Lost and Tired

I’m not sure what that is but you can use the contact me link at the top of this page. That would be awesome. 🙂

Jenifer Wheeler Walsh

I’m very sorry this is where you are. Sometimes, as you said, the dynamic is not beneficial to anyone. I understand your heartbreak and I only hope that time and some hopefully beneficial experiences for Gavin will make it a bit easier. While we don’t have RAD in our home, dealing with early onset schizophrenia (16) and some type of bipolar looking mood disorder in our 9 year old along with two neurotypical kids has made life at many points, very challenging. The worst years filled with violence, lots of therapeutic holding and suicide attempts made me seriously consider residential placement. You have to do what works for and is best for your family. No one can tell you what that is but you. Prayers for all of you.

Thanks Jenifer. I understand both of those very well as Gavin struggles with both. You’re absolutely right when you say they are challenging. I wish you all the very best a day hope everything goes works out. Hang I there and thank you for sharing….

ShanEda

Rob,

RAD is incredibly rare and incredibly difficult to treat. Those readers who have never dealt with a RAD child 1st hand cannot, I repeat, *CANNOT* understand, no matter how you try to explain. Your decision to remove Gavin IS in his best interest.

I was a foster parent for many years and I had a RAD infant/toddler in my care at one point. Nothing I had ever experienced as a parent or special needs foster parent (before or since) could have prepared me for that little girl. She was 15 months to 28 months old whilst with me. And she was so very challenging on so many levels….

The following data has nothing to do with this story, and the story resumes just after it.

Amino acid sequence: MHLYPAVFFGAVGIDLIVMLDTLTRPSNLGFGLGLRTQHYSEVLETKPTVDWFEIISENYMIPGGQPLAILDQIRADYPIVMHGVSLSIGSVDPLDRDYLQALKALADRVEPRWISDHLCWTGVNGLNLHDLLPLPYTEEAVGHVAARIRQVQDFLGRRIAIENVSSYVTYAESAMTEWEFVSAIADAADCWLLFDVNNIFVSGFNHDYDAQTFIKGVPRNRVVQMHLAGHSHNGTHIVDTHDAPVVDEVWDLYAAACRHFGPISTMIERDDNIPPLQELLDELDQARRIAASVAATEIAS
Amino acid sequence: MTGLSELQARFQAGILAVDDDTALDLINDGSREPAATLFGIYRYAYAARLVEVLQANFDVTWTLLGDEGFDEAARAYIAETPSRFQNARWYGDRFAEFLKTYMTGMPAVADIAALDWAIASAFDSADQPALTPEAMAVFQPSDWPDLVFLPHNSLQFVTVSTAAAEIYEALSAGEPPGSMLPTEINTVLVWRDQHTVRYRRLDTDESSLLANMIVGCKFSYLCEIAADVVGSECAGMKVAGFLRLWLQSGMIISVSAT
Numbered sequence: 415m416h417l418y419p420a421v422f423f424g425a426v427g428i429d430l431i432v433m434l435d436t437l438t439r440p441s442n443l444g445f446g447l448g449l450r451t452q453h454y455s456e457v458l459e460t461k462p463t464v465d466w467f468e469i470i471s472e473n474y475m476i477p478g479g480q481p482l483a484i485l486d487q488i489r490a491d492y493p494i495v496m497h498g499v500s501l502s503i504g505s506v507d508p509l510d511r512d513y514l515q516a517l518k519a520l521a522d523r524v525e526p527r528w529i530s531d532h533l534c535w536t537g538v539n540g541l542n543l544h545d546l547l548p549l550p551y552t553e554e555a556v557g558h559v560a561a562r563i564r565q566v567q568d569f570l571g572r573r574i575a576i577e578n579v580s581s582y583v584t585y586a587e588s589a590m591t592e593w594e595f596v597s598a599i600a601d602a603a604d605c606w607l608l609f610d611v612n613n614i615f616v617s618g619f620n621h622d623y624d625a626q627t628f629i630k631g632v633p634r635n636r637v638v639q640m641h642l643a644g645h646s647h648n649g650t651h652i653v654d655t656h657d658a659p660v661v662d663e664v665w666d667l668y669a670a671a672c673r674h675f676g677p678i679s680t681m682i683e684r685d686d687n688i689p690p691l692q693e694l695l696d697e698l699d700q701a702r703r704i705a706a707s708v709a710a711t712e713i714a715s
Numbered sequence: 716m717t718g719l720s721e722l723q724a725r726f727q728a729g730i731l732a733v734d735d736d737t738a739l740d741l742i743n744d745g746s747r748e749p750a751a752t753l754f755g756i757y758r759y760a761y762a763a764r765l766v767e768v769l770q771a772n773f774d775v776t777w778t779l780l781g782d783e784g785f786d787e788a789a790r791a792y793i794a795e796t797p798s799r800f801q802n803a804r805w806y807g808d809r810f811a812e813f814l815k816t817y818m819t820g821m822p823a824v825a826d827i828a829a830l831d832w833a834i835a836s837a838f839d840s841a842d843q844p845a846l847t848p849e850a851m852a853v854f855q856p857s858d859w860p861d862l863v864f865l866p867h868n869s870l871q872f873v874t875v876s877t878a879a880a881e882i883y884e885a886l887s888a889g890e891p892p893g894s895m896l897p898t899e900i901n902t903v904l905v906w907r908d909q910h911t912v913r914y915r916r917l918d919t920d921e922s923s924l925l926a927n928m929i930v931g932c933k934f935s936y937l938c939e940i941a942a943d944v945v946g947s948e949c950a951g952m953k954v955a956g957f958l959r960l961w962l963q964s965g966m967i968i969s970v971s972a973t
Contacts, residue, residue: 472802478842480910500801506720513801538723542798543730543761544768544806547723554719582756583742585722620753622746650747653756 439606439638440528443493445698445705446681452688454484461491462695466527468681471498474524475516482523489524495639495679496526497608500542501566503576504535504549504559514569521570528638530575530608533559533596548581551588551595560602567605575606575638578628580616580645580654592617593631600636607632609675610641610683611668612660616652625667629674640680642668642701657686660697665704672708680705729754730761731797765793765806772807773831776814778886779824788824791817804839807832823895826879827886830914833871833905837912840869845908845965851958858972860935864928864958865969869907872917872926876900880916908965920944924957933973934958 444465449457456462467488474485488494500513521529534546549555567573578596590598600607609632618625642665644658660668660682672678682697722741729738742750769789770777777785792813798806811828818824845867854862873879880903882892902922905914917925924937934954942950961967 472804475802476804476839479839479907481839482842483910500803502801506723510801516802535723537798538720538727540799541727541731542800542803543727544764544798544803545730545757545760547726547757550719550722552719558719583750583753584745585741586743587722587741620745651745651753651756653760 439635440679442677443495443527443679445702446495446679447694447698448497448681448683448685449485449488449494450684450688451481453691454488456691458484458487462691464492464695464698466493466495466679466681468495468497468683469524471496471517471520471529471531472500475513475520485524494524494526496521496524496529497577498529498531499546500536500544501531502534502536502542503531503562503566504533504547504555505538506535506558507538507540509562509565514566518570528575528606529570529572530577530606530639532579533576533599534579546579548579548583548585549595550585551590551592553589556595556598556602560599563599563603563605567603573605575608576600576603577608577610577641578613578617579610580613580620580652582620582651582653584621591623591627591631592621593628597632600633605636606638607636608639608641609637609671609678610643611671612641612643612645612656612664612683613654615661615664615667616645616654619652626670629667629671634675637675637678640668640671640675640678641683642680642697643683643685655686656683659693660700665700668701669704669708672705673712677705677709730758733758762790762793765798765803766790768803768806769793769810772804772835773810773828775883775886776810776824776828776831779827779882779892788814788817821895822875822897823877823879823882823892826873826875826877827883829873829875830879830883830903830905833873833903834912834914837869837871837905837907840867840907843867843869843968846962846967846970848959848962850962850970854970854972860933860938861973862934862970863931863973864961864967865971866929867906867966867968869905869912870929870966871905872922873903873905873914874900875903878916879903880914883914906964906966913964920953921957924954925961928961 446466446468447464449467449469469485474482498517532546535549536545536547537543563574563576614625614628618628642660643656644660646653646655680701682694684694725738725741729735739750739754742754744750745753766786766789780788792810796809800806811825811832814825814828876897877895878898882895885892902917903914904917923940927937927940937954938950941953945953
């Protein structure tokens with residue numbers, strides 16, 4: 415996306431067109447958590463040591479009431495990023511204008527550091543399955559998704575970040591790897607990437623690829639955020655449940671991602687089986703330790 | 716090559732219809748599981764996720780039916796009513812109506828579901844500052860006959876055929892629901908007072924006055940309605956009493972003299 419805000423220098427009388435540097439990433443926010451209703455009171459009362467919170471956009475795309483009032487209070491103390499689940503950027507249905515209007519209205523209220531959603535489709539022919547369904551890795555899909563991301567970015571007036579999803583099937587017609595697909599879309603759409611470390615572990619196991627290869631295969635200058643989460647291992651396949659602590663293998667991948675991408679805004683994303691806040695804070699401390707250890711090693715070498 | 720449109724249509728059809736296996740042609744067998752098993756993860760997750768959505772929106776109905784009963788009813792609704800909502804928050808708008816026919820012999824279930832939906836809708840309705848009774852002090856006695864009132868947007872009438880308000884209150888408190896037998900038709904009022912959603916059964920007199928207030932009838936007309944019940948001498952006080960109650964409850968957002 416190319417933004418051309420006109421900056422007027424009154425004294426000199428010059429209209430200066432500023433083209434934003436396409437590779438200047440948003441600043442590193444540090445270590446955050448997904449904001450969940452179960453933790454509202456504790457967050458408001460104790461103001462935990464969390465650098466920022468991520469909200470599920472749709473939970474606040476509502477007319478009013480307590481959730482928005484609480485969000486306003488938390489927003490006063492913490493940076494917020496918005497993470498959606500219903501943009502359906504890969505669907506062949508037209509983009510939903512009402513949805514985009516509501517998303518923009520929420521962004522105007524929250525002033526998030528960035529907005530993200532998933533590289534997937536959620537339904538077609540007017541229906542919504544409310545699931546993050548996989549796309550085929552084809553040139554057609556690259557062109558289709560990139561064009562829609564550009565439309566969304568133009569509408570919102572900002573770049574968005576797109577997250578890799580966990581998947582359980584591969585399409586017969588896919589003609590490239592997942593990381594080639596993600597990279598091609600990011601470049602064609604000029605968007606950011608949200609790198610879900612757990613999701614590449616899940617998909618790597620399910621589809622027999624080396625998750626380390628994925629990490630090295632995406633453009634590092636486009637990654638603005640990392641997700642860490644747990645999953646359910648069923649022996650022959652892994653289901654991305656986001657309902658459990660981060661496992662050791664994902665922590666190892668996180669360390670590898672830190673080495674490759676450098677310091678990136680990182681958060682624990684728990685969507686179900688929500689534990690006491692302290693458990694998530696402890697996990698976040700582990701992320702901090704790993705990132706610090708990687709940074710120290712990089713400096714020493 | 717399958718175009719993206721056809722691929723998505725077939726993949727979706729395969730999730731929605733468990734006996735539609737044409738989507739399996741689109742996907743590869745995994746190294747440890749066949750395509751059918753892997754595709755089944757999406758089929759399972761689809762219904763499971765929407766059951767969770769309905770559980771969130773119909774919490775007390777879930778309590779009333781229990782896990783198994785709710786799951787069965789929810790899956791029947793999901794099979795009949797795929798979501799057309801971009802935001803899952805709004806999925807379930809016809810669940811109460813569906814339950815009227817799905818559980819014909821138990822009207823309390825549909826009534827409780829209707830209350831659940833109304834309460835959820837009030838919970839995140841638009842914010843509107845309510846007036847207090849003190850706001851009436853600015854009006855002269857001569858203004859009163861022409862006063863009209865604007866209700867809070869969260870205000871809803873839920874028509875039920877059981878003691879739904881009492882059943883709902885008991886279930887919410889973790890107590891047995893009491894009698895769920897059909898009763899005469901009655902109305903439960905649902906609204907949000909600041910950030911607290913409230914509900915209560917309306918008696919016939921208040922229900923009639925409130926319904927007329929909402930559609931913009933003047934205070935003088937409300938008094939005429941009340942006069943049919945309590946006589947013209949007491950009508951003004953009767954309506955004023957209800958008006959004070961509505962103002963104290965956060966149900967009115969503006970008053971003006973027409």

My experience with that little girl took tremendous energy & fortitude, in getting her diagnosed and treated properly, let alone living with her 24/7. And as she was so young, I did not have to worry about her being a threat to herself and/or others!
(my two bio kids were young, ages 5 & 8, and I also had a 2nd special needs foster-infant in my care at the time, as a single mum)

You are getting Gavin, and the rest of your family, the supports everyone needs to emerge healthier and safer from a very trying time. Gavin will be safe and looked after in his placement, receiving the best care that is available (and I know that placement may not be ideal or enough). Your other children will be safe and cared for and no longer at risk. You and your wife will have the safety and peace to continue to support your family’s many needs, including Gavin’s.

It is a win/win situation, though not an easy decision.

Blessed Be.

Karen Griffin

I think what you are doing Rob is incredibly brave and selfless. Letting go of a child for the reasons you are, is very courageous. My eldest daughter (12) goes through cycles of extreme violent behavior. She was found trying to cut he wrist with a deli knife, under her desk in school. She thought it was funny!
I often wonder how much more of this my family can take. My youngest has the same special needs.
I have so much respect for you. Keep up the amazing work.

Lost and Tired

Thank you so much. Let me say that what you are saying goes sounds really scary. I wish you the very best… 🙂

Karen Griffin

Thank you Rob, and may I say that you and your family are an inspiration.

Lost and Tired

Wow. That is you so much for sharing. I’ve only run into a few people in my journal entry that have first hand knowledge of RAD. Most people are well meaning and try to get it but as you said, it’s impossible to understand unless you are living it.

Thank you so much for sharing your experience. One question I have is, were you the therapeutic foster care giver?